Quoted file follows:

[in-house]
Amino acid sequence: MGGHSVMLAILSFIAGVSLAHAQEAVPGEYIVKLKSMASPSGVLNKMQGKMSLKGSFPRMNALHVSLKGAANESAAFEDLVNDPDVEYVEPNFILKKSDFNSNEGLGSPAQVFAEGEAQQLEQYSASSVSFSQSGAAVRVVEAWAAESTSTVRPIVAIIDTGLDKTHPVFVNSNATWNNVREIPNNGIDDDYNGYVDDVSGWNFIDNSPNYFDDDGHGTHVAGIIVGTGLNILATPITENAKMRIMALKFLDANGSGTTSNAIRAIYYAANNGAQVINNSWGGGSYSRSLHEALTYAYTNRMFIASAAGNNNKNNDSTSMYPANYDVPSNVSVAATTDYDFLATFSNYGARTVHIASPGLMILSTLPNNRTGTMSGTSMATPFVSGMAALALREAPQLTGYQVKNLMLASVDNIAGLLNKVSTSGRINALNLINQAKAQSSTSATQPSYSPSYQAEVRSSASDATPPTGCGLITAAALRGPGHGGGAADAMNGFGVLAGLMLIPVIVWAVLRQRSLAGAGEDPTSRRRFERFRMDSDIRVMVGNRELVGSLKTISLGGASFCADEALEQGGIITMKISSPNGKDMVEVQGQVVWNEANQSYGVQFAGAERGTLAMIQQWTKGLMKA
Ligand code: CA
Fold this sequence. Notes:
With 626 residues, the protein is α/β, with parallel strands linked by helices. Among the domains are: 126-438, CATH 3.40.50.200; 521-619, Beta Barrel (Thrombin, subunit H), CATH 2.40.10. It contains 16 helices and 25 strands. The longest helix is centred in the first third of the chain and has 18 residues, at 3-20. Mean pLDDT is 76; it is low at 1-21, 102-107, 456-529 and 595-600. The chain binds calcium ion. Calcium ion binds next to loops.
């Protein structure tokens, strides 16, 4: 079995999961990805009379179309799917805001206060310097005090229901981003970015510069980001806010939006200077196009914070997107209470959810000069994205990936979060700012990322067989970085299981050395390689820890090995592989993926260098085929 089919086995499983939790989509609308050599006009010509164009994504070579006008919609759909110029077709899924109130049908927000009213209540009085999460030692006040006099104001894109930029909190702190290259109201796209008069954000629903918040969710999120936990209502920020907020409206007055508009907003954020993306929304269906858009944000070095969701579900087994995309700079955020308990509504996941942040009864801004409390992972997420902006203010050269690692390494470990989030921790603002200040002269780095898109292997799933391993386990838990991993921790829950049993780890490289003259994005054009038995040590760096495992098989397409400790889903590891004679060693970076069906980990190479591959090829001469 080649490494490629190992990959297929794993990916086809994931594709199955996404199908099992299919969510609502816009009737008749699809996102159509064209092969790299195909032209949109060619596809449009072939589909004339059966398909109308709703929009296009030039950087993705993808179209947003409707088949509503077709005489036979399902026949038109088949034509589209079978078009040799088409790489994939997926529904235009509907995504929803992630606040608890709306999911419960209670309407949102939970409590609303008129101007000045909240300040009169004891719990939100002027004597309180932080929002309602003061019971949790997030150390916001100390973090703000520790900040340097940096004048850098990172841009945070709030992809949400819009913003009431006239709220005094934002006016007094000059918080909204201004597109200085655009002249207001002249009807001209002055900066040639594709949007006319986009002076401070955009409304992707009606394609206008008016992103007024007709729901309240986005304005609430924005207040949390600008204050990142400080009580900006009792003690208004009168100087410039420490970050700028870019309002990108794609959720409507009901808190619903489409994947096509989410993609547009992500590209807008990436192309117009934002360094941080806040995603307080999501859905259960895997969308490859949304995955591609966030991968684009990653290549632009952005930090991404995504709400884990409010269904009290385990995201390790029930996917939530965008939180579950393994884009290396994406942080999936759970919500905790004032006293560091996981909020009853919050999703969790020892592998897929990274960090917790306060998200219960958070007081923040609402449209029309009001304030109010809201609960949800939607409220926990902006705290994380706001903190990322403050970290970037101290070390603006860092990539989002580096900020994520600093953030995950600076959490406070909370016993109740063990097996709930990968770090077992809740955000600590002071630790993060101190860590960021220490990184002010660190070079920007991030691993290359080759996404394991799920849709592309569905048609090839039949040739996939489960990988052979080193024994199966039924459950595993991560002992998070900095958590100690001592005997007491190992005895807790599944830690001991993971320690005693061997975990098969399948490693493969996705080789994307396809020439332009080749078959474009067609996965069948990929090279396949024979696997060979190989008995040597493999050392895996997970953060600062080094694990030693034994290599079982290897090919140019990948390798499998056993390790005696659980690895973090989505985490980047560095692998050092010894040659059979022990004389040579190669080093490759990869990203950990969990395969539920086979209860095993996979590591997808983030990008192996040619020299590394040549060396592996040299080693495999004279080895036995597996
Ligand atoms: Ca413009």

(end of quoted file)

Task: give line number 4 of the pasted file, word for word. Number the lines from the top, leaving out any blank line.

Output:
Fold this sequence. Notes: